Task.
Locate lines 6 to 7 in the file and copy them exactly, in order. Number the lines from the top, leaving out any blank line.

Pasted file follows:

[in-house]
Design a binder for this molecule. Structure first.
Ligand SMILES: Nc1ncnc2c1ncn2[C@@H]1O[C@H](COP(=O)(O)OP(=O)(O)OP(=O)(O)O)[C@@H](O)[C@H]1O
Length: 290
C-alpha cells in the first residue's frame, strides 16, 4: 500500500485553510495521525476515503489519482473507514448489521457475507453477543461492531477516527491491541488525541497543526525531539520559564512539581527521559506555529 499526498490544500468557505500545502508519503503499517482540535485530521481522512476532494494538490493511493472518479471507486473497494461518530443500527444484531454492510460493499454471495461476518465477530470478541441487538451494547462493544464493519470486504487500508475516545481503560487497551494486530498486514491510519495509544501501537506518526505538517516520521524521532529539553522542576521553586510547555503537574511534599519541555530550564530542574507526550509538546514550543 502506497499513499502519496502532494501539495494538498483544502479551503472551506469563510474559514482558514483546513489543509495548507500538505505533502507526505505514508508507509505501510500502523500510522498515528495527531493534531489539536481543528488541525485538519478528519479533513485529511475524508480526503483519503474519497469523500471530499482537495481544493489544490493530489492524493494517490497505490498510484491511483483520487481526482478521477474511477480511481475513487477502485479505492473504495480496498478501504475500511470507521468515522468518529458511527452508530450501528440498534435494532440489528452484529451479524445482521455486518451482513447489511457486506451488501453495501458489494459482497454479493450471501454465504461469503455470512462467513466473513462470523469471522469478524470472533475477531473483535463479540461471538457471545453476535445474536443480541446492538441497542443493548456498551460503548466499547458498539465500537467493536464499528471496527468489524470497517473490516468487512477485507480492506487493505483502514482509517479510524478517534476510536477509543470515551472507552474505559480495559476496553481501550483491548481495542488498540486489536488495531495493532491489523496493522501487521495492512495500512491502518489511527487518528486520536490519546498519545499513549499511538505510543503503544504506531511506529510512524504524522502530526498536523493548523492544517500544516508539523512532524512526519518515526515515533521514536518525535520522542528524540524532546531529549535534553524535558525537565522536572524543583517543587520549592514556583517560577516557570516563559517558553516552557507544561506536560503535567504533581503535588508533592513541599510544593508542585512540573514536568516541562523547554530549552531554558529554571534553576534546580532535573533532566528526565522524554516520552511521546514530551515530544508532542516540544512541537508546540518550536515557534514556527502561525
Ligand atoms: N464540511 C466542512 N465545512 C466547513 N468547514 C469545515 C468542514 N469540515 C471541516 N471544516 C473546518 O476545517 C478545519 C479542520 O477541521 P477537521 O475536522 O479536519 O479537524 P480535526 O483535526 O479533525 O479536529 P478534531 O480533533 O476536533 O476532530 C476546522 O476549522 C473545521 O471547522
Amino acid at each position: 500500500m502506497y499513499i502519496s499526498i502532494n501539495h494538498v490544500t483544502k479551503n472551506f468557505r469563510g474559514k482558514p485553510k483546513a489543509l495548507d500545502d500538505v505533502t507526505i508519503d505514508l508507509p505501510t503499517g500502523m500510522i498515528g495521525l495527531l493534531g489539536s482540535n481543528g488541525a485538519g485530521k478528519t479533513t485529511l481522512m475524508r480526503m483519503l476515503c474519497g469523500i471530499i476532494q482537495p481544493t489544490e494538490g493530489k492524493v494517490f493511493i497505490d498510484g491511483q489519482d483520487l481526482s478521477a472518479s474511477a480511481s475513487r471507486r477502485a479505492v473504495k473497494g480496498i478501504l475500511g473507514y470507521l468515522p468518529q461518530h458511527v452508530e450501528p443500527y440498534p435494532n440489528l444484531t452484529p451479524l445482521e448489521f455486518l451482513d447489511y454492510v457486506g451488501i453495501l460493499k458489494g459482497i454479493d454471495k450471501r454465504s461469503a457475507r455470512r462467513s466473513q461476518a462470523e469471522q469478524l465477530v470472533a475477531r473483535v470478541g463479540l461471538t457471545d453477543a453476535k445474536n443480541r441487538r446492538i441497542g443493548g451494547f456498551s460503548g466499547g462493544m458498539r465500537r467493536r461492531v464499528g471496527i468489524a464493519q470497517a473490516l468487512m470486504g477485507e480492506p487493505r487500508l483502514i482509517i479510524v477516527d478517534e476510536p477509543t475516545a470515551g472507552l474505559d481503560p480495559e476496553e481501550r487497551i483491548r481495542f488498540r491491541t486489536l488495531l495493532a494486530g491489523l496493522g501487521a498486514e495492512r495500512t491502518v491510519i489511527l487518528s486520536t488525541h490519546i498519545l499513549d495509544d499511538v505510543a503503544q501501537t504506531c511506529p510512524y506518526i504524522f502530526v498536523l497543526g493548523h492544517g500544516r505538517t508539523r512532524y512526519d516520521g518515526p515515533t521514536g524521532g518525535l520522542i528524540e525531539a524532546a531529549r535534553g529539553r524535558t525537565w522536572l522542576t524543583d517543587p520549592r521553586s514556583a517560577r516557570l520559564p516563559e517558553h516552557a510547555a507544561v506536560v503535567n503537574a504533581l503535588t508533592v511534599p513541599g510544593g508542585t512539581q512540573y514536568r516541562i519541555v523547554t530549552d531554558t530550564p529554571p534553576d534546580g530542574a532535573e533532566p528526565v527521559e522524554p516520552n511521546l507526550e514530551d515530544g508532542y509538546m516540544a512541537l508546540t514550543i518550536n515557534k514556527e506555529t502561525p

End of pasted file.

Ligand atoms: N464540511 C466542512 N465545512 C466547513 N468547514 C469545515 C468542514 N469540515 C471541516 N471544516 C473546518 O476545517 C478545519 C479542520 O477541521 P477537521 O475536522 O479536519 O479537524 P480535526 O483535526 O479533525 O479536529 P478534531 O480533533 O476536533 O476532530 C476546522 O476549522 C473545521 O471547522
Amino acid at each position: 500500500m502506497y499513499i502519496s499526498i502532494n501539495h494538498v490544500t483544502k479551503n472551506f468557505r469563510g474559514k482558514p485553510k483546513a489543509l495548507d500545502d500538505v505533502t507526505i508519503d505514508l508507509p505501510t503499517g500502523m500510522i498515528g495521525l495527531l493534531g489539536s482540535n481543528g488541525a485538519g485530521k478528519t479533513t485529511l481522512m475524508r480526503m483519503l476515503c474519497g469523500i471530499i476532494q482537495p481544493t489544490e494538490g493530489k492524493v494517490f493511493i497505490d498510484g491511483q489519482d483520487l481526482s478521477a472518479s474511477a480511481s475513487r471507486r477502485a479505492v473504495k473497494g480496498i478501504l475500511g473507514y470507521l468515522p468518529q461518530h458511527v452508530e450501528p443500527y440498534p435494532n440489528l444484531t452484529p451479524l445482521e448489521f455486518l451482513d447489511y454492510v457486506g451488501i453495501l460493499k458489494g459482497i454479493d454471495k450471501r454465504s461469503a457475507r455470512r462467513s466473513q461476518a462470523e469471522q469478524l465477530v470472533a475477531r473483535v470478541g463479540l461471538t457471545d453477543a453476535k445474536n443480541r441487538r446492538i441497542g443493548g451494547f456498551s460503548g466499547g462493544m458498539r465500537r467493536r461492531v464499528g471496527i468489524a464493519q470497517a473490516l468487512m470486504g477485507e480492506p487493505r487500508l483502514i482509517i479510524v477516527d478517534e476510536p477509543t475516545a470515551g472507552l474505559d481503560p480495559e476496553e481501550r487497551i483491548r481495542f488498540r491491541t486489536l488495531l495493532a494486530g491489523l496493522g501487521a498486514e495492512r495500512t491502518v491510519i489511527l487518528s486520536t488525541h490519546i498519545l499513549d495509544d499511538v505510543a503503544q501501537t504506531c511506529p510512524y506518526i504524522f502530526v498536523l497543526g493548523h492544517g500544516r505538517t508539523r512532524y512526519d516520521g518515526p515515533t521514536g524521532g518525535l520522542i528524540e525531539a524532546a531529549r535534553g529539553r524535558t525537565w522536572l522542576t524543583d517543587p520549592r521553586s514556583a517560577r516557570l520559564p516563559e517558553h516552557a510547555a507544561v506536560v503535567n503537574a504533581l503535588t508533592v511534599p513541599g510544593g508542585t512539581q512540573y514536568r516541562i519541555v523547554t530549552d531554558t530550564p529554571p534553576d534546580g530542574a532535573e533532566p528526565v527521559e522524554p516520552n511521546l507526550e514530551d515530544g508532542y509538546m516540544a512541537l508546540t514550543i518550536n515557534k514556527e506555529t502561525p